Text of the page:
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Members of the grieving community who live within the shadow of Grenfell Tower have held a silent walk around the burnt-out tower block.
The event, held away from cameras, was in honour of those who were killed in the fatal fire exactly a month ago in west London.
It was also a chance for residents, who are trying to work through trauma, to come together in support and mark the night which changed their lives.
Samia Badani, chairman of the Bramley House Residents Association, broke away from march early because it became “difficult” for her.
She said: “The more we walked and came towards the tower, the more memories there were for me and it was very hard.
“Maybe because it was a silent march, I remembered too vividly and it was too much for me.”
The walk was said to have been organised by Grenfell United, a collective created for those who fled the inferno on June 14.
Ms Badani believes that having the walk, which was attended by up to 50 people, was like a “blanket of security”.
She said: “She said I think it was about getting together and sharing the pain and the experience with people who were there.
“Everyone saw how the community came together straight after it happened and I think this was perhaps because we wanted some of that back.”
She said that now that a month has passed “we wanted to take a step back and pay tribute to our friends and neighbours and make sure they are not forgotten”.
The walk rounds off a fraught few days for the west London neighbourhood, characterised by both a string of emotional vigils and a heated confrontation between residents and police at a meeting.
On Thursday, the human cost of the tragedy continued to stack up, as two more of at least 80 people who are believed to have perished in the June 14 blaze were officially named.
The Royal Borough of Kensington and Chelsea Council said that it’s next meeting on July 19 will be open to the media.
It is set to include the election of a new council leader, appointment of a chief executive and a number of petitions and debates, including some on Grenfell Tower.
A public meeting in June on the tragedy was scrapped after then-council leader Nicholas Paget-Brown realised journalists were present.
The family of Yahya Hashim, 13, paid tribute to the “kind, polite, loving, generous, thankful and pure-hearted” boy who is believed to have died with his parents Nura Jamal and Hashim Kidir.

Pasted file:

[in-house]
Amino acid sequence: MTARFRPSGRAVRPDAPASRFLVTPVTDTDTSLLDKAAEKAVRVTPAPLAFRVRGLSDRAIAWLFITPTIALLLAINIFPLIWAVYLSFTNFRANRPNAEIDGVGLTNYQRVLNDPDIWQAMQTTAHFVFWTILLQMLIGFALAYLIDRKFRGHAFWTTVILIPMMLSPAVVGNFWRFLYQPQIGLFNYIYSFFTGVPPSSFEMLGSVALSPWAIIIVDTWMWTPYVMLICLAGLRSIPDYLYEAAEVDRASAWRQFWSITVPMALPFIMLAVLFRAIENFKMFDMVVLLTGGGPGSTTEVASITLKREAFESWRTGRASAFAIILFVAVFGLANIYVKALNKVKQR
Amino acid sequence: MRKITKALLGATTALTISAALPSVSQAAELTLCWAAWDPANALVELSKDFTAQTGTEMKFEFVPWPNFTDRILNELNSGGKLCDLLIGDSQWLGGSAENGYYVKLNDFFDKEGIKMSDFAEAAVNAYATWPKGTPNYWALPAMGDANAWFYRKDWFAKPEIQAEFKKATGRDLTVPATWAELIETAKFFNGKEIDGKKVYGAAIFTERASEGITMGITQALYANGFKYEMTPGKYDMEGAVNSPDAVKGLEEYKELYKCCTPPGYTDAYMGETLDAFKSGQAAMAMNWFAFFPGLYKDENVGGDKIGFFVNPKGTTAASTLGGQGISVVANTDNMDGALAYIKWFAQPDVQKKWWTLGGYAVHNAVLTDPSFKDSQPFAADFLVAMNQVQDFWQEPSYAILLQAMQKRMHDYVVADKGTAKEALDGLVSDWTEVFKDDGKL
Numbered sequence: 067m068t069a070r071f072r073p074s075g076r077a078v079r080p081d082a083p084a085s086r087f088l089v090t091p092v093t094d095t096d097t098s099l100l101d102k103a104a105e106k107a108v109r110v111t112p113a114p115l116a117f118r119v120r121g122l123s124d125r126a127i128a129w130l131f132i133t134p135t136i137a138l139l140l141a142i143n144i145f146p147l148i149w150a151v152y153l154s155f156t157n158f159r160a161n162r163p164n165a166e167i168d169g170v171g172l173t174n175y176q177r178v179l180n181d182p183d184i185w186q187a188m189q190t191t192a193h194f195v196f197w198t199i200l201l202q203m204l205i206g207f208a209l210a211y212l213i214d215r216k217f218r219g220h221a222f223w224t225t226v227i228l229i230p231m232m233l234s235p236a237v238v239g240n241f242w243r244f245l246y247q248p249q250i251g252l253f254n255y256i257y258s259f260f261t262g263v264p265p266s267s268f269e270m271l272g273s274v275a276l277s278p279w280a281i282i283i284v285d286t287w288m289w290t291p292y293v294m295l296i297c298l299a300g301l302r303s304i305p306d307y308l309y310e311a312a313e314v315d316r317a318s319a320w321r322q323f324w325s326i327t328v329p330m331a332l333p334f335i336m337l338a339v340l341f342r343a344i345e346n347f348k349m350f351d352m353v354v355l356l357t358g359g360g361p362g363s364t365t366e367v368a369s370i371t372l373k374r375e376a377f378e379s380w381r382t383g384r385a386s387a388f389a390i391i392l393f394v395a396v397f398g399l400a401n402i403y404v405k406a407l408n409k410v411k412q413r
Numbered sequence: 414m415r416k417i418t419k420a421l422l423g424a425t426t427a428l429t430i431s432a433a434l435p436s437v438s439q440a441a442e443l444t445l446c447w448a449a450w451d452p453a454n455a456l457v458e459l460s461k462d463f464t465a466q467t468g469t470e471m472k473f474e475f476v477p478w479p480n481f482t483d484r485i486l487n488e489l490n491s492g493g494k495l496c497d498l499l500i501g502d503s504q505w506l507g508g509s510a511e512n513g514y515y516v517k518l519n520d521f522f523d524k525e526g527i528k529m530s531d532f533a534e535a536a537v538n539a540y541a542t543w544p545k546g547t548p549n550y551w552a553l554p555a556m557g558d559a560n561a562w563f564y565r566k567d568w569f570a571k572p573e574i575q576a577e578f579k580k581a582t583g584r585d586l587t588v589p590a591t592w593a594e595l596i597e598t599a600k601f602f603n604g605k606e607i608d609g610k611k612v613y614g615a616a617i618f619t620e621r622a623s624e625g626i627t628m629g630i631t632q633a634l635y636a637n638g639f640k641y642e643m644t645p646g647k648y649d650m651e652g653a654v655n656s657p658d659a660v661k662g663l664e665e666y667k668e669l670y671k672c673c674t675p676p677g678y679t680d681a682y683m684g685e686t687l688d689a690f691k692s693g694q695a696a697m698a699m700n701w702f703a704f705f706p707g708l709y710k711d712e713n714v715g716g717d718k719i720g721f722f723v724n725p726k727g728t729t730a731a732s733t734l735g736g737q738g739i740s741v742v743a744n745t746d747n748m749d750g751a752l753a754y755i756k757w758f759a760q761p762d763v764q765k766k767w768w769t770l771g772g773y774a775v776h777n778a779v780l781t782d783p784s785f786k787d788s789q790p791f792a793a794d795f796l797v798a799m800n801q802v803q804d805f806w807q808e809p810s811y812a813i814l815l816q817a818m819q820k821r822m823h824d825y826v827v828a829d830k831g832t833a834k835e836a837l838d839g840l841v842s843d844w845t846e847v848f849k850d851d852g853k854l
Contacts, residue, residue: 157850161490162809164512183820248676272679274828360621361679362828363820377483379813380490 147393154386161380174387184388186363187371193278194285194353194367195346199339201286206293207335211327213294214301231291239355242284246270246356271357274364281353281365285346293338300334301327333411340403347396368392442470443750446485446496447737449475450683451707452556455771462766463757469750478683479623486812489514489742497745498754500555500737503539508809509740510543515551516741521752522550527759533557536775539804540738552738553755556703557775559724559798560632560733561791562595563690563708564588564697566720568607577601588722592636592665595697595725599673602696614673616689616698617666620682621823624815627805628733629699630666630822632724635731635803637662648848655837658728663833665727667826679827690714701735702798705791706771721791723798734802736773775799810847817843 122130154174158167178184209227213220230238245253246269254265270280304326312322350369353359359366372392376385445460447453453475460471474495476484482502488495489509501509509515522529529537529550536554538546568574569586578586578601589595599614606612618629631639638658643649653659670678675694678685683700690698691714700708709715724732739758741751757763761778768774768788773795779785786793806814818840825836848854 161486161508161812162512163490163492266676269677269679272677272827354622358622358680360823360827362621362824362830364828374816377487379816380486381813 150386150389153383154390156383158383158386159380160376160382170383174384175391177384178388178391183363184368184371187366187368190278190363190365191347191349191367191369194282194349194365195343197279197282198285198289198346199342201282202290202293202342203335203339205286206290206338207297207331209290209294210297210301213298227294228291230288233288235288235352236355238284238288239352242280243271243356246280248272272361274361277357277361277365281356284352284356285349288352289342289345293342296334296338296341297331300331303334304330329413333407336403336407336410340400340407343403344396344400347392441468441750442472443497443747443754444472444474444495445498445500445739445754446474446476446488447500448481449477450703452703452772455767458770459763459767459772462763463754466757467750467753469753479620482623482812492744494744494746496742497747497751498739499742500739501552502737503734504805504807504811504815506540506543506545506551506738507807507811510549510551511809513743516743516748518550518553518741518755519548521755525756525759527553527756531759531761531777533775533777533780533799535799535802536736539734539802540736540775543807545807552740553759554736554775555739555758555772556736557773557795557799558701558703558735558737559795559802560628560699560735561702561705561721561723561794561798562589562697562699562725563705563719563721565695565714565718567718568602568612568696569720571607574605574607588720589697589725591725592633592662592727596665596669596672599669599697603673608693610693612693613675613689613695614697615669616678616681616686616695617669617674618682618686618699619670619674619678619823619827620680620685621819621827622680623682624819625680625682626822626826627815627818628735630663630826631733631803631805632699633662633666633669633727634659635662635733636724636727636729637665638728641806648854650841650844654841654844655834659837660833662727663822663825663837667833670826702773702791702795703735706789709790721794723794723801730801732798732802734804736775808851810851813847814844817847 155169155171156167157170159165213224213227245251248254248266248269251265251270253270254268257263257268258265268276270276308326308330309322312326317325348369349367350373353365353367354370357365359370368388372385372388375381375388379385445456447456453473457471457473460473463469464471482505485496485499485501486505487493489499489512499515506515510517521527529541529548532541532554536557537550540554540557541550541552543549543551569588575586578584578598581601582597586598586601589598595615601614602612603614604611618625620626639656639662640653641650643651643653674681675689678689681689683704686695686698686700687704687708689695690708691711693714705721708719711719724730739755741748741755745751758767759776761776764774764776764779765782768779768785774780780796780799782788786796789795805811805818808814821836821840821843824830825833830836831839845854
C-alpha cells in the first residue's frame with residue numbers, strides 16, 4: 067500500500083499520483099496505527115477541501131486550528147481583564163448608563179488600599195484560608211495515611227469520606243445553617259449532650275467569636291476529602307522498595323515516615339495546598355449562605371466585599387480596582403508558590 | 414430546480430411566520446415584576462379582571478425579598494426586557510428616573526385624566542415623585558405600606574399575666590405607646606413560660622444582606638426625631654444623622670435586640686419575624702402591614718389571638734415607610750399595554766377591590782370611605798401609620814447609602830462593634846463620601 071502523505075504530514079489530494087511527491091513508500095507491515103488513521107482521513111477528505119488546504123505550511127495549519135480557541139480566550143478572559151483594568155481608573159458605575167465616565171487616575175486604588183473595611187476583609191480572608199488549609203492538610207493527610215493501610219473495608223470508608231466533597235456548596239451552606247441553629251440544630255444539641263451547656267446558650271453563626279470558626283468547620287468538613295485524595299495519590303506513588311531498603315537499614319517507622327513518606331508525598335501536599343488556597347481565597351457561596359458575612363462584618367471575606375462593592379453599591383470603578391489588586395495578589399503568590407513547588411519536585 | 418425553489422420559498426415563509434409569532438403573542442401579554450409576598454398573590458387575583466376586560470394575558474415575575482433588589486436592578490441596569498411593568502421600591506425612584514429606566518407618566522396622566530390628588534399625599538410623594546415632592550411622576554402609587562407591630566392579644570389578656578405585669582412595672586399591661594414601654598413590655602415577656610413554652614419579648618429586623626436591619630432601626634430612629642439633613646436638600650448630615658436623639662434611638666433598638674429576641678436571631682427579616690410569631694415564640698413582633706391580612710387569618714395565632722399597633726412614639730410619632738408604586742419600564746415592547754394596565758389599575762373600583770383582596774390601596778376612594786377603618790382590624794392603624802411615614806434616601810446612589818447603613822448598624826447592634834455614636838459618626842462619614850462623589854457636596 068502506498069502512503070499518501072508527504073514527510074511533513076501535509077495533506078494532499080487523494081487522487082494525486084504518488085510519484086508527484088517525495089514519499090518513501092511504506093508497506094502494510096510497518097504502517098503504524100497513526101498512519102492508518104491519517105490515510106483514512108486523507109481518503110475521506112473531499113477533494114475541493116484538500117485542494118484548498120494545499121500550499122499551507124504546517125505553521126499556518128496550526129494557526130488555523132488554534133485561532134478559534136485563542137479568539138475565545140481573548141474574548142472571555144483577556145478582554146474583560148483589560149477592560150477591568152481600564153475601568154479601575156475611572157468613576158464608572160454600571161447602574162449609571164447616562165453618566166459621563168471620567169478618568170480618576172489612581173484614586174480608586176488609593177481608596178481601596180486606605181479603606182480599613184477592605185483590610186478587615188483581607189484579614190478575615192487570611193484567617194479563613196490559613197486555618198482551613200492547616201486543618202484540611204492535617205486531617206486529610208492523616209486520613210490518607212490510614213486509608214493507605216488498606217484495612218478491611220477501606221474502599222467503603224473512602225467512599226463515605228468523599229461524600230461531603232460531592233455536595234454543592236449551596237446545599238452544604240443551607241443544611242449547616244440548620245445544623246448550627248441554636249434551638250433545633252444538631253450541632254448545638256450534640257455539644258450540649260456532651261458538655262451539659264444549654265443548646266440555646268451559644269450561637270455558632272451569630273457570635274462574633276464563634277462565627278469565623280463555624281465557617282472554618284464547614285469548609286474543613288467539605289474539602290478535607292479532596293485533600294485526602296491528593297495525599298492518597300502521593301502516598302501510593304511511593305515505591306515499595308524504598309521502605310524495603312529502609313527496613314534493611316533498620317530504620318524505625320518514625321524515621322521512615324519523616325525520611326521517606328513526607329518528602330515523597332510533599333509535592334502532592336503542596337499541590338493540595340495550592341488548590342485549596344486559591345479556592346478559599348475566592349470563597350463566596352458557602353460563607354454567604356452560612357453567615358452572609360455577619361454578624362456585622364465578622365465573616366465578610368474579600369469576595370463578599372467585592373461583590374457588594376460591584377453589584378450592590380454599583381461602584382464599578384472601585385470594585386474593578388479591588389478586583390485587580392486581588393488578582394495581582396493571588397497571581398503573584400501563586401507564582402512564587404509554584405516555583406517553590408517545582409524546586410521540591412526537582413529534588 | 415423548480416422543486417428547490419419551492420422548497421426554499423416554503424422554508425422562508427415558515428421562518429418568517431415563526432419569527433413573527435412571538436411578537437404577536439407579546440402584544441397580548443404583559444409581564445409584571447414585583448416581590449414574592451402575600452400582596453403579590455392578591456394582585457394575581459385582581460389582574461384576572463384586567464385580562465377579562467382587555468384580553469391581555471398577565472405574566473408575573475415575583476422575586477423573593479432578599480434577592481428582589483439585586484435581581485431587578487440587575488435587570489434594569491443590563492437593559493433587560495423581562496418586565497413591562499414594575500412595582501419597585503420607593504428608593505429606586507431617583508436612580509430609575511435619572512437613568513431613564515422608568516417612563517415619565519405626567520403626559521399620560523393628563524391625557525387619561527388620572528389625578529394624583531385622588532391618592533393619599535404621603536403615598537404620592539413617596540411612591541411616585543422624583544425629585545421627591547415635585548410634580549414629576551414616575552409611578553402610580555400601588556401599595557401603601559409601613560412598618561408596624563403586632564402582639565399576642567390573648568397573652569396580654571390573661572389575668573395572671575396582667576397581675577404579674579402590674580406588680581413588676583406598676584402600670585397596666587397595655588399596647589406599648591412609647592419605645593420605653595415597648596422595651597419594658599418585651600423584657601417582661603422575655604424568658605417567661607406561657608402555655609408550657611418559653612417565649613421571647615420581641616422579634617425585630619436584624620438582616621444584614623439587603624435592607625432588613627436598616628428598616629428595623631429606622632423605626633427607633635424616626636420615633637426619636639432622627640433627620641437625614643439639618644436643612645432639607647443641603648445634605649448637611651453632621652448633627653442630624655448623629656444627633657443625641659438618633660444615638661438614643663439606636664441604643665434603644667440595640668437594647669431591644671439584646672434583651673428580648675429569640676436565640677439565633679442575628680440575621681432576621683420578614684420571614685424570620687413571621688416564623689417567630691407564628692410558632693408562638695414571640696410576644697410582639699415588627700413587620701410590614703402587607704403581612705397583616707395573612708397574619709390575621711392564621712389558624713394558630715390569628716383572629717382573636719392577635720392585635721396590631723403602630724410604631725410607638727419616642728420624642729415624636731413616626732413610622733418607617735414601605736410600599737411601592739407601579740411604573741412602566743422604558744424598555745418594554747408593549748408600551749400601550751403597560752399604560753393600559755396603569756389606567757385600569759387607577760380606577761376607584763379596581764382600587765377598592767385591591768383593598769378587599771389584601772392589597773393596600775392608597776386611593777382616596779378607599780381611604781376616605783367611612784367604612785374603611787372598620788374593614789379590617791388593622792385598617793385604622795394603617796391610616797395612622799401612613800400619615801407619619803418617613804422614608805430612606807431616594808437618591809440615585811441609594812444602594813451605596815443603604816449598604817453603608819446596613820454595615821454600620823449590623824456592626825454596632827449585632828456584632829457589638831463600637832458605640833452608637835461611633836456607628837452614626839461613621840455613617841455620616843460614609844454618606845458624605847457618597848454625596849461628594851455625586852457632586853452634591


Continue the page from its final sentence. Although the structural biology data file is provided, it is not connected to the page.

Relatives of 82-year-old grandfather Ali Jafari said he “was loved and will be greatly missed by his family and the wider community”.
Meanwhile, the political tremors of the disaster continued to reverberate, as the Government was urged to end its “fatal obsession with deregulation”.
Safety bodies were among more than 1,000 signatories to an open letter calling on Theresa May to rethink the drive to cut so-called red tape under the Conservatives.
A debate in the House of Lords, led by Labour peer Baroness Andrews, culminated in an agreement that safety industry representatives should meet ministers.
She told peers at Westminster: “This fatal obsession with deregulation in all forms across Whitehall has been pursued with no regards for consequences other than the benefits to business.”
Two more NHS trusts in England and two schools were added to a growing list of buildings that have failed cladding fire safety checks as part of a safety operation launched in the aftermath of the deadly fire.
The National Fire Chiefs’ Council said the fire risks posed by buildings with aluminium composite material (ACM) cladding, which is not of limited combustibility, can be reduced by other actions and further checks.
Metropolitan Police Commissioner Cressida Dick said the Grenfell tragedy was “appalling” and she wished it had never happened.
Speaking on LBC radio, she defended the release of information by the force and the official death toll when questioned by a listener on whether she felt it was acceptable that some families may have to wait a year to find out the fate of their loved ones.
“We are really, really working on this as hard as we possibly can,” she said.
“We are putting out all the information we possibly can, we are working closely with the coroner.
“We can’t possibly put ourselves in the shoes of relatives who believe they have lost somebody – every single one of those has a family liaison officer with them.
“And we are doing our level best to give as much information and to be as clear as we can. But nobody would forgive us for guessing or getting it wrong, or doing a mis-identification.”
Ms Dick said specialists are working through every floor and every flat “on their hands and knees, sifting every single bit of material they can find” to see if they can find any more traces or remains of people.
London News & Search